Recently several secreted protein factors were identified that control the size of aggregates and subsequent developmental structures. A large protein complex, counting factor, was purified from conditioned medium and shown to be involved in causing streaming cells to break up into groups of cells in order to generate mounds and subsequent developmental structures of the desired size [12, 13]. One of the subunits of counting factor was identified and characterized, and cells that are null for the Countin subunit lack counting factor activity [13]. The result is massively large mounds and subsequent structures, with fruits that are too large to maintain their normal upright posture. Recently, another protein factor, countin2, was identified as a regulator of the minimum size of aggregates [14].

Although recent investigations have revealed several components involved in regulating the initiation of development [1518], little or no information exists on how the cells sense starvation and in particular amino acid deprivation. Early studies indicated that depletion of amino acids and not other nutrients is essential for initiation of development [1921]. Upon amino acid starvation, among other events there is a substantial decrease in the rate of initiation of protein synthesis, resulting in a reduction in size and amount of polysomes and accumulation of free ribosomes [19, 22, 23]. It is believed that the decrease in protein synthesis in response to starvation occurs post-transcriptionally, since adding back amino acids rapidly restores protein synthesis and does not require new mRNA synthesis [22].

In yeast and mammalian cells, GCN2 is a protein that senses amino acid starvation and brings about altered cell physiology in response to such starvation [24, 25]. GCN2 is a protein kinase that phosphorylates the α subunit of the translation initiation factor eIF2 [26]. The GCN2 protein from yeasts, Drosophila, and mammals is composed of three domains: a pseudokinase domain that may function as a regulatory domain, a kinase domain, and a HisRS domain that shares significant similarity to histidyl-tRNA synthetases [2730]. Studies of yeast GCN2 revealed that the HisRS domain binds uncharged tRNAs that accumulate when cells are starved for amino acids [31, 32]. As a result the kinase domain is activated and phosphorylates eIF2α at Ser51. Investigations with yeast GCN2 also suggest that that C-terminus is required for ribosome binding and facilitates GCN2 dimerization and activation [3335].

During initiation of protein synthesis, the ternary complex, eIF2/GTP/methionyl-tRNAi, is an obligate intermediate in the binding of the initiator methionyl-tRNAi to the 40S ribosomal subunit. Phosphorylated eIF2α competitively inhibits the guanine nucleotide exchange factor eIF-2B, which is responsible for the recycling of eIF2 by catalyzing the conversion of eIF2-GDP to the active form eIF2-GTP [36]. Thus the overall initiation of translation is inhibited when eIF2α becomes phosphorylated. Although the overall rate of initiation of translation is reduced by eIF2α phosphorylation, the translation of some specific mRNAs is greatly enhanced under these conditions [24, 25]. The characteristic feature of mRNAs whose translation is enhanced by GCN2 phosphorylating eIF2α are several upstream open reading frames (uORF) within the 5' untranslated region (5'UTR) of the mRNAs. The uORFs are involved mechanistically in the enhanced initiation of these mRNAs [25].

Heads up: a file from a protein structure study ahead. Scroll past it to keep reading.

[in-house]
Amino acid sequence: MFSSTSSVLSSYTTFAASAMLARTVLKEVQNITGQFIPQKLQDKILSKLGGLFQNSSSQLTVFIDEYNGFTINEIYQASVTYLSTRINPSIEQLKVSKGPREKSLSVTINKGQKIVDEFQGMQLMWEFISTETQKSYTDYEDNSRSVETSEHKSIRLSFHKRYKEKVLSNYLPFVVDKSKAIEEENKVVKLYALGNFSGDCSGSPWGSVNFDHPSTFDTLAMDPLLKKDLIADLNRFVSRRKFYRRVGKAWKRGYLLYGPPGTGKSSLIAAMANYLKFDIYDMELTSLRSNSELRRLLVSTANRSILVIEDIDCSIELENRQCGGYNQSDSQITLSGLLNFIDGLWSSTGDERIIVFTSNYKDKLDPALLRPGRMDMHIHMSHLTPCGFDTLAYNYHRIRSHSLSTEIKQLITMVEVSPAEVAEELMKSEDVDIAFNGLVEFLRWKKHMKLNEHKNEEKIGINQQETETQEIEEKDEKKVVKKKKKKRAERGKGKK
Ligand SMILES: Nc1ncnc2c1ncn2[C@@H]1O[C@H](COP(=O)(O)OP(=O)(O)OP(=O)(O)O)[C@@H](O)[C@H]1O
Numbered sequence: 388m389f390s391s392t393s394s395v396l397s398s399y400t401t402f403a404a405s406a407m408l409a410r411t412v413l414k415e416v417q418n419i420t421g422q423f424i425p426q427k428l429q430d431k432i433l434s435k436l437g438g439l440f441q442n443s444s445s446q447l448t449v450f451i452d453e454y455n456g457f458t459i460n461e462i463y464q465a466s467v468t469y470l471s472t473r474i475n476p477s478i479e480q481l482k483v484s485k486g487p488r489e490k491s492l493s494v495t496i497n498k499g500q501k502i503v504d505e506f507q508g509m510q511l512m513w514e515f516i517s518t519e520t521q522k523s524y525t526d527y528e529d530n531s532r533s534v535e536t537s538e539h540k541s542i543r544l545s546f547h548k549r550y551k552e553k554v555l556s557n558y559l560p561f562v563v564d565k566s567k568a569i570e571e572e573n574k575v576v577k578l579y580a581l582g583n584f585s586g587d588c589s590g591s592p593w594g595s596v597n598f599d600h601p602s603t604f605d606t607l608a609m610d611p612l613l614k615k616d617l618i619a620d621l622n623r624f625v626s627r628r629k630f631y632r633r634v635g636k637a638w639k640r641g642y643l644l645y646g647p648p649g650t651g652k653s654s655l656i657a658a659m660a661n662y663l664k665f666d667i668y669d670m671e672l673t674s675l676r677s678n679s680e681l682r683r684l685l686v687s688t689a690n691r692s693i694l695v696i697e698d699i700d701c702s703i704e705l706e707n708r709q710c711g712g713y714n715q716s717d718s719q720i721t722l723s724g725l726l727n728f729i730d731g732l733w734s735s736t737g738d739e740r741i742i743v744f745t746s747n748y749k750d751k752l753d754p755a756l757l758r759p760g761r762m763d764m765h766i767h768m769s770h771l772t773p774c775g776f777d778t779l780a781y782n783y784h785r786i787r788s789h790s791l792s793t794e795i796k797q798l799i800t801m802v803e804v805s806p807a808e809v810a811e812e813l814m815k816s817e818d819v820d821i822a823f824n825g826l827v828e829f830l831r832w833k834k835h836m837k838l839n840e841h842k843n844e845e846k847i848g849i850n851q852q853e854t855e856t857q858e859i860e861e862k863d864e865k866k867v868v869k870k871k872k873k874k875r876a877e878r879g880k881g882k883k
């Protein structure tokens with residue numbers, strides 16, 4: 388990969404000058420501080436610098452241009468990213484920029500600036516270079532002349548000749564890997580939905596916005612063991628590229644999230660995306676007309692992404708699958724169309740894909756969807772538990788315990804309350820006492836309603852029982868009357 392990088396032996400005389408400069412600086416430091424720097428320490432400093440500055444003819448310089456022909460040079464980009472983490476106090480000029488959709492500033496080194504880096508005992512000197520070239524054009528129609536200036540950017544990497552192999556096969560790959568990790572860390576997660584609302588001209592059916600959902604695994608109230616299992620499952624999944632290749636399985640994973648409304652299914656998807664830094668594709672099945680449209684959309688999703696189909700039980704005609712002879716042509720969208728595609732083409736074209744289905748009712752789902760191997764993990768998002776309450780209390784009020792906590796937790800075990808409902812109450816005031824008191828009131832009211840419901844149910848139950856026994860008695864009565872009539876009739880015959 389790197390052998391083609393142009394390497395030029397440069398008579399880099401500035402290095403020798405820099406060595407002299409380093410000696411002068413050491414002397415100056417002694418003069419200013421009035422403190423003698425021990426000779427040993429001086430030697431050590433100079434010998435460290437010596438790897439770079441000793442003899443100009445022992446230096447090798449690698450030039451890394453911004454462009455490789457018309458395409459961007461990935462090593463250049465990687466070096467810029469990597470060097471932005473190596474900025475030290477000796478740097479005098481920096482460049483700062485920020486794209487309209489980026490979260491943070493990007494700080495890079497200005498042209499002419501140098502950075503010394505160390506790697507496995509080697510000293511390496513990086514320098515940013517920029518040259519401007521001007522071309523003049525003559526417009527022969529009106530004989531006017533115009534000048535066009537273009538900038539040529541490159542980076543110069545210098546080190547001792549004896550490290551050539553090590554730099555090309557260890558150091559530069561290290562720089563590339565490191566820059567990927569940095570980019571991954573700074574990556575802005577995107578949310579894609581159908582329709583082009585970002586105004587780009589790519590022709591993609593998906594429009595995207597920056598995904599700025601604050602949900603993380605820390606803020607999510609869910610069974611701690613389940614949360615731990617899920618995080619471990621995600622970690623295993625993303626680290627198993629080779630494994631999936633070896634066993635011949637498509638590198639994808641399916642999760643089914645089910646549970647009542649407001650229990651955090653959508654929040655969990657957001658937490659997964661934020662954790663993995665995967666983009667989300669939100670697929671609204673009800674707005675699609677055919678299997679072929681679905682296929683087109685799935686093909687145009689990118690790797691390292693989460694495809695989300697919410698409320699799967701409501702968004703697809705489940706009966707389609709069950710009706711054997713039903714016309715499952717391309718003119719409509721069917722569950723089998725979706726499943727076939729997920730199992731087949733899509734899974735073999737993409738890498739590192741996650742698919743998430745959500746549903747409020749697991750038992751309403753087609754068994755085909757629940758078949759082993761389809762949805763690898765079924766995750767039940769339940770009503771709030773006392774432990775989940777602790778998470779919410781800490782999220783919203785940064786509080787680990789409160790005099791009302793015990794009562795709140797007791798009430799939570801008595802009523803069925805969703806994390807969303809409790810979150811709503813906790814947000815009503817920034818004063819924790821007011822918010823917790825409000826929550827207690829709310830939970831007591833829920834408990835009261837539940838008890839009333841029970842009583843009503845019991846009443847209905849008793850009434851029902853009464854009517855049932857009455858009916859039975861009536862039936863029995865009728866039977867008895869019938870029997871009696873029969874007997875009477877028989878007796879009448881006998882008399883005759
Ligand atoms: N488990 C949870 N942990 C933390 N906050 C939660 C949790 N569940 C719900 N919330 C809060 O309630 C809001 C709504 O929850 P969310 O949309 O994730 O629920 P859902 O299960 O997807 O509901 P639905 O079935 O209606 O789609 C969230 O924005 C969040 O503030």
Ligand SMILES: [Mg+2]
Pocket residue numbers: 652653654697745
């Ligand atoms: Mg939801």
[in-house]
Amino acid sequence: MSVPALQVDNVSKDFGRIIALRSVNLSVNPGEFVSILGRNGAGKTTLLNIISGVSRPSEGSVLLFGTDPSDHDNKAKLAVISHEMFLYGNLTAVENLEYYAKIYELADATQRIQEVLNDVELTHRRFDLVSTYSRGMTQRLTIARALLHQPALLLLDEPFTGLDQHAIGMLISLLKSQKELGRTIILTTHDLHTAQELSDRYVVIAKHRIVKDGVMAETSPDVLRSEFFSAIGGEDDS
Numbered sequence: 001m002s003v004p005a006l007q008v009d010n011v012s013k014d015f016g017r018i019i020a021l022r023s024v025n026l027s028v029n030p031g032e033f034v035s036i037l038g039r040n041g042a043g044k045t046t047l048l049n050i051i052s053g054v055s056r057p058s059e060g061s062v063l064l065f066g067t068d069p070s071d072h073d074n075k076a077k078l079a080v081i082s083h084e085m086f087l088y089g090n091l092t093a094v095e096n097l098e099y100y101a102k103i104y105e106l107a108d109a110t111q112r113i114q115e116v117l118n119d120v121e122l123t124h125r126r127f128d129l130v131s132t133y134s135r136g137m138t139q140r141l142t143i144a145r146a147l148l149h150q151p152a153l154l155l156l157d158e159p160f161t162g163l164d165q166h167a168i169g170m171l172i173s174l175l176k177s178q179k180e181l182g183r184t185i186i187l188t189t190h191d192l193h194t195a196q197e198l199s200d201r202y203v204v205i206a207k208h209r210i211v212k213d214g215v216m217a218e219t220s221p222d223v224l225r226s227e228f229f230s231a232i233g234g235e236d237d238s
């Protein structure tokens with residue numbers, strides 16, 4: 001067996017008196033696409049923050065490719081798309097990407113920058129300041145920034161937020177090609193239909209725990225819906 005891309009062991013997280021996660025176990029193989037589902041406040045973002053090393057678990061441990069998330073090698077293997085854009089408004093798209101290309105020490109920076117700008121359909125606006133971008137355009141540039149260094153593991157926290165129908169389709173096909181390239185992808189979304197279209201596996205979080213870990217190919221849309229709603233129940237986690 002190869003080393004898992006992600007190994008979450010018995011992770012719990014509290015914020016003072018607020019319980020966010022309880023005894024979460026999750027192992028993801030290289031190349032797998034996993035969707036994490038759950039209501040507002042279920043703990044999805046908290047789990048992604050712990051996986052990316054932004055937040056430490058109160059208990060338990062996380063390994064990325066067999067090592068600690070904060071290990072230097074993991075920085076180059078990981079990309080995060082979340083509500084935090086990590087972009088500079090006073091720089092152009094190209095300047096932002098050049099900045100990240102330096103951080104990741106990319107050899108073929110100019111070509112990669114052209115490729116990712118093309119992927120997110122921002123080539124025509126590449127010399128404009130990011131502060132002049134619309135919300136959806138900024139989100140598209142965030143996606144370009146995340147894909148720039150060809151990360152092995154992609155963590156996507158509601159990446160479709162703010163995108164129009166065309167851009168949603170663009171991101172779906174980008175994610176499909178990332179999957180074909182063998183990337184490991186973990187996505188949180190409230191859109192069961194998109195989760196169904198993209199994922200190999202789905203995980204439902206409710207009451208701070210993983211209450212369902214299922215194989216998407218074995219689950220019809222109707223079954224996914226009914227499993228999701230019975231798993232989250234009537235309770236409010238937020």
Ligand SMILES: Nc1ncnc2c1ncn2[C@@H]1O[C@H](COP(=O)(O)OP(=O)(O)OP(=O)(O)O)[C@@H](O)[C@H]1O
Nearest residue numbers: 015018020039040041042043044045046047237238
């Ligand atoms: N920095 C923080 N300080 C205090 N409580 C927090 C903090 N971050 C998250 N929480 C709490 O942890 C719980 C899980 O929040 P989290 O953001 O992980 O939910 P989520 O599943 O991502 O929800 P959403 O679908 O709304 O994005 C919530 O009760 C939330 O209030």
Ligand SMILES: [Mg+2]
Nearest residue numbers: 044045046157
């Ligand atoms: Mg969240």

We reasoned that a GCN2-like protein might be involved in sensing amino acid starvation in Dictyostelium and in regulating the growth to development transition. Searches of the Dictyostelium sequence databases revealed two potential GCN2-like genes that we named ifkA and ifkB (initiation factor kinase). The two Ifk proteins possess all of the hallmarks of typical GCN2 proteins, including the characteristic kinase domain and the HisRS domain. IfkB is unique among GCN2-like proteins in that it does not possess the amino terminal pseudokinase domain. The findings presented herein indicate that neither of the ifk genes is involved in initiating development. However disruption of the ifkA gene resulted in several defects during the first few hours of development. ifkA null cells aggregated earlier than normal due to a more rapid establishment of the cAMP pulsing system. Cells lacking a functional IfkA protein also formed larger mounds and subsequent developmental structures. This defect was linked to a reduced extracellular level of Countin. Efficient translation of countin mRNA required increased phosphorylation of eIF2α by IfkA. The increased phosphorylation by IfkA normally occurs from 1 to 7 hours after the onset of development, resulting in a secondary shift from polysomes to free ribosomes for bulk mRNA.